Jacksonville Jaguars fans were hoping for a clear winner of the quarterback competition. Instead, each player reminded us of their specific strengths and flaws.
Following the Jaguars week two preseason game against the Tampa Bay Buccaneers, head coach Doug Marrone opened up the starting quarterback competition. This seems like it was due to struggles from current starter Blake Bortles and strong practices from backup Chad Henne.
After an offseason where it was all but assumed Bortles would trot out with the starters when the season opens at Tennessee, the outcome is suddenly uncertain.
Chad Henne started at quarterback
This time last week, most fans and observers were all but granting the starting job come week one of the regular season to veteran Chad Henne. Then he played in a game. In case anyone forgot what a team led by the former starter turned backup looked like, we got a quick refresher.
Chad the good:
Chad has a quick release. He completes short to intermediate routes with ease and seems to have a good sense of where everyone on the field is at any given time.
Henne is great at identifying the open receivers and completing the high percentage passes. Early on in the game, Jaguar receivers were swamped deep in the secondary. Henne made the reads quickly and delivered accurate balls to running backs. Even though these plays didn’t result in much net yardage, these balls at least have a chance in the hands of a dangerous runner. This is certainly preferable to lobbing air balls into crowded secondaries.
Chad the underwhelming:
The hallmark of Henne’s tenure with the Jaguars is his stubborn unwillingness to take a risk with the ball. He completes high percentage passes with regularity but we rarely see the football sail down the field. The offensive line was no help, but the Jaguars didn’t log an attempt to a wide receiver until the two-minute warning was staring the team in the face.
Henne made two excellent throws down the field in his two quarters of play. One fell just outside the grasp of Keelan Cole and the other was a nice completion to Allen Robinson. Still, these efforts looked like too little too late and were the sort of desperation throws you get from Henne only in two-minute situations.
Chad the “that’s so Jaguars:”
Chad Henne’s most Jaguar moment came when he attempted a pass down the field. The ball hit AJ Cann in the back of the head. This forced Henne to step up and spike the ball into the ground like a volleyball. Enough said.
Blake Bortles played, too.
The number one concern with Blake’s play since the moment he stepped on the field was consistency. Bortles did nothing to alleviate those worries against the Carolina Panthers. Although there were some eye-popping plays made by the fourth year veteran, there were an equal number of head scratchers.
Blake the magnificent:
On each of the two touchdown drives the Jaguars piloted with Bortles at the helm he made some NFL caliber plays to get them there. Leading up to the initial touchdown, Blake completed an absolute beauty to Shane Wynn. It was a true “wow” moment for the beleaguered quarterback. The touchdown pass itself was a wonderful fade into the end zone that hearkened back to some of the quarterback’s best moments from 2015.
On the second drive, Blake showed exactly why it’s been so hard for Jaguars fans and the front office to give up on him completely. Facing pressure, Bortles rolled out and kept his eyes on his receivers. He turned what would have been a sure sack into a very nice dump off to Ben Koyack.The tight end then ran the ball close to the pylons to set up a touchdown run.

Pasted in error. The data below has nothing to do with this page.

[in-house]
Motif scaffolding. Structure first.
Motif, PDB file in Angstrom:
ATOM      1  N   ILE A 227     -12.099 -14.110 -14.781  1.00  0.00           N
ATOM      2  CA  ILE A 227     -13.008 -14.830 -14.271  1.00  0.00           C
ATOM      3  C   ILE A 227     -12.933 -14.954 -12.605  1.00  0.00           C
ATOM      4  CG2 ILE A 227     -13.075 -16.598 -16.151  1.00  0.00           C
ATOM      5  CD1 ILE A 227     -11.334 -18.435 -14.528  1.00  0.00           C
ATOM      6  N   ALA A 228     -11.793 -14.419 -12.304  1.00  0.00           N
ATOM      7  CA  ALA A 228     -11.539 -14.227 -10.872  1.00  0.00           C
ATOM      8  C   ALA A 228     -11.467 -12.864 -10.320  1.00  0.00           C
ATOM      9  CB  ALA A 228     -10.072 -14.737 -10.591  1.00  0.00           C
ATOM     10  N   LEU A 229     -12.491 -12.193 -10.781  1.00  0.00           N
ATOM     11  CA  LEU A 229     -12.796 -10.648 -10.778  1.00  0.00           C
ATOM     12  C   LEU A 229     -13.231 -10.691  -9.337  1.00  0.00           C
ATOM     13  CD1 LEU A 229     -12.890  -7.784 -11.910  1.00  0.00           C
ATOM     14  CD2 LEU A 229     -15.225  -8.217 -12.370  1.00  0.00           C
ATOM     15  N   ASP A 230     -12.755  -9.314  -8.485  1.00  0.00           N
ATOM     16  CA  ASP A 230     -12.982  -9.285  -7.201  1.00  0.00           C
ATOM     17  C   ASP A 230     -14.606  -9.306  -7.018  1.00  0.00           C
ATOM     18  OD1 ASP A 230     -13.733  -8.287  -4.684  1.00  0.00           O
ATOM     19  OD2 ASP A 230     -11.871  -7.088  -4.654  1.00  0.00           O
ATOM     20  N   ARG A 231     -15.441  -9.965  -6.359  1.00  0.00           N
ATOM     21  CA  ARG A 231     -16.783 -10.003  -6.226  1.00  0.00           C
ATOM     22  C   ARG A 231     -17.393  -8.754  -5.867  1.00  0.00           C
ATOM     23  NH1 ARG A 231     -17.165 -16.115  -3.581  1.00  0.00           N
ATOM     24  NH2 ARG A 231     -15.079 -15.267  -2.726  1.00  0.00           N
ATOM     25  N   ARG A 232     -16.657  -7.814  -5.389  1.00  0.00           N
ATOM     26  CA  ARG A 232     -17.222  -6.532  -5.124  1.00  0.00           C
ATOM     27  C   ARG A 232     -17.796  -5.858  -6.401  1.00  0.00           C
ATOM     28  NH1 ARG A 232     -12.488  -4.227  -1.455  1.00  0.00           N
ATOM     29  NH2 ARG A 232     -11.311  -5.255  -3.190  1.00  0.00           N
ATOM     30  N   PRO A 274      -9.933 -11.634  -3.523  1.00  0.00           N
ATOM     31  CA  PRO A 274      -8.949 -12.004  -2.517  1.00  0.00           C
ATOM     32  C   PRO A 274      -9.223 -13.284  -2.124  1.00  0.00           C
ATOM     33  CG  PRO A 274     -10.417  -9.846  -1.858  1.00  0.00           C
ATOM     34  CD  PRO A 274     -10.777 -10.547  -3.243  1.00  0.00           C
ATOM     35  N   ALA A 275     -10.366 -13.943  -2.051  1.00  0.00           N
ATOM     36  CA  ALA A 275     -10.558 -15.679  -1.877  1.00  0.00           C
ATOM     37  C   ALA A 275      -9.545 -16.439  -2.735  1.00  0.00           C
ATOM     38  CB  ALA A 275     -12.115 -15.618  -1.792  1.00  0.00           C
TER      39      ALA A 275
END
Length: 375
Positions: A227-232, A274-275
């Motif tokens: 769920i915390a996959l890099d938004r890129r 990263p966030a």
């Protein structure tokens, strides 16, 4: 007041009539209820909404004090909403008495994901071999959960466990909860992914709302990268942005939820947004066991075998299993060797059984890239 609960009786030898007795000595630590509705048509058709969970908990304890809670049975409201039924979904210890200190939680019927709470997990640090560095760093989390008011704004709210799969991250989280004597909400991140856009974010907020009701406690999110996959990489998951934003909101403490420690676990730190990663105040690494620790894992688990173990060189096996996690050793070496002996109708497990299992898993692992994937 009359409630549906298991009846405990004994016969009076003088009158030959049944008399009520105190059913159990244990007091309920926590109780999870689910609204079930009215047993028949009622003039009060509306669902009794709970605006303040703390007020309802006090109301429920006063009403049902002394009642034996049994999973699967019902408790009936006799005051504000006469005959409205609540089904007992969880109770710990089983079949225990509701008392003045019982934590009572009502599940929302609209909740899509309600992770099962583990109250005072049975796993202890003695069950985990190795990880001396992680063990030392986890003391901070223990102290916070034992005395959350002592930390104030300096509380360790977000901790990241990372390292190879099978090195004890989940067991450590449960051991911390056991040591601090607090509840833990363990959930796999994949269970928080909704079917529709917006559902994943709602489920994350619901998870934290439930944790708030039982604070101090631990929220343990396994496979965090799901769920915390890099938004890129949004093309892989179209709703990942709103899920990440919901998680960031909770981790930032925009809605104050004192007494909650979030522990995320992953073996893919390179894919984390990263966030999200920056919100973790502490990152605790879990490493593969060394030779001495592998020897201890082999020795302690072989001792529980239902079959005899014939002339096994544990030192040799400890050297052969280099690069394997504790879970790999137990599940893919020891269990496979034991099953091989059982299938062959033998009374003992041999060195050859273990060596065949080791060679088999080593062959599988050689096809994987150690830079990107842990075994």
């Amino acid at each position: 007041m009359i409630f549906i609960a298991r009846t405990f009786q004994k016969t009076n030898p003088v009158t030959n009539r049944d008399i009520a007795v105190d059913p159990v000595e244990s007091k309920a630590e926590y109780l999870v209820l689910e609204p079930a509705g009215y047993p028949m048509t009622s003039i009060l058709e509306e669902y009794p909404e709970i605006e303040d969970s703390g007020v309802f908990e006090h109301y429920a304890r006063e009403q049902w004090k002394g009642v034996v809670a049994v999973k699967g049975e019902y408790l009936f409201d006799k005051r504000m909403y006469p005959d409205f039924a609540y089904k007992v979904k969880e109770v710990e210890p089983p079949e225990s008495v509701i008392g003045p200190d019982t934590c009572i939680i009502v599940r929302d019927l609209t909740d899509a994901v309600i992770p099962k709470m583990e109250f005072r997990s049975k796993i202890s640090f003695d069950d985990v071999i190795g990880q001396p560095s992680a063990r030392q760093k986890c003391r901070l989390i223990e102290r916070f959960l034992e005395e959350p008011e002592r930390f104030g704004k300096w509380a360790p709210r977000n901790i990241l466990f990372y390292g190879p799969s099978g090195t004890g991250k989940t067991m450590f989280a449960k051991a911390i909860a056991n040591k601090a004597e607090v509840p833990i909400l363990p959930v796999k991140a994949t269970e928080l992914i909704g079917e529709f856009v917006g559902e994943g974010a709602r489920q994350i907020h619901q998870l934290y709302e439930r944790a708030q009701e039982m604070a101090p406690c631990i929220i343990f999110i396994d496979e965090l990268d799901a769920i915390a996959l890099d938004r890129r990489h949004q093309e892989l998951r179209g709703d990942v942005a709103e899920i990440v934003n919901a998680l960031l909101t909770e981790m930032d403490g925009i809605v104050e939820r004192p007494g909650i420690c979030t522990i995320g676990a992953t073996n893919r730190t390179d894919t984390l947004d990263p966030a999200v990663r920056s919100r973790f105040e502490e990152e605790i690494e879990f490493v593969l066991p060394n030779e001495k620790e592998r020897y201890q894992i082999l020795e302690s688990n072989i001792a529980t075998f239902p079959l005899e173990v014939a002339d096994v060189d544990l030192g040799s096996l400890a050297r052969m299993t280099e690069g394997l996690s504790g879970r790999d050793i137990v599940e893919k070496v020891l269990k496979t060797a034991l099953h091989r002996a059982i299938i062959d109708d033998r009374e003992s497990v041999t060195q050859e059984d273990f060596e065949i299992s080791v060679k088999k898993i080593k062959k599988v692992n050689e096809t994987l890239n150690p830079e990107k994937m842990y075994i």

Blake the baffling:
A glance at the stat line will show that Blake threw an interception. While certainly not ideal, that was hardly Bortles’s worst throw of the night.
Immediately following a couple of solid passes, Bortles attempted a throw to running back Cory Grant. The quarterback did not set his feet. Even though this completion is usually routine, the ball sailed out of his receiver’s reach. Worse still, with the extra air time the ball took on its way to the running back the defender closed in fast. Even if Grant could come down with the ball after bringing his momentum to a complete stop, the defender would have laid him out instantly. This could easily have led to a turnover.
These are the throws that should be easy for every NFL quarterback to make. The fact that these throws are still not automatic for the passer is a cause for concern. Even if you work your game plan to a quarterback’s strengths, how can a coach work around an inability to check the ball down?
Blake the “that’s so Jaguars:”
This has to be the interception. While Blake didn’t throw a perfect ball by any means, it was catchable at best. At worst, it probably shouldn’t have been an interception. It was one of those plays we saw all too often in 2016. When we see the ball, it’s
close to a Jaguar – Allen Hurns in this case – after some bodies collide when we see the ball again, the opposing team has it.
The trend continues of a snake bitten quarterback. Whatever can go wrong seemingly does.
Which quarterback should start week one?
This opinion will be controversial. Even after the tumultuous off-season, the Jaguars should still roll out Blake Bortles come week one. We know what we have in Chad Henne. Coaches cannot instill a willingness to take the kind of risks that lead to winning quarterbacking.
Frankly, it’s unlikely that Bortles can turn the corner into an NFL caliber starting quarterback. However, when he’s playing loose and relaxed he can make plays with his athleticism and football instincts at an all-pro level. You can’t let that potential sit on the bench while you watch Chad Henne check down on third and long.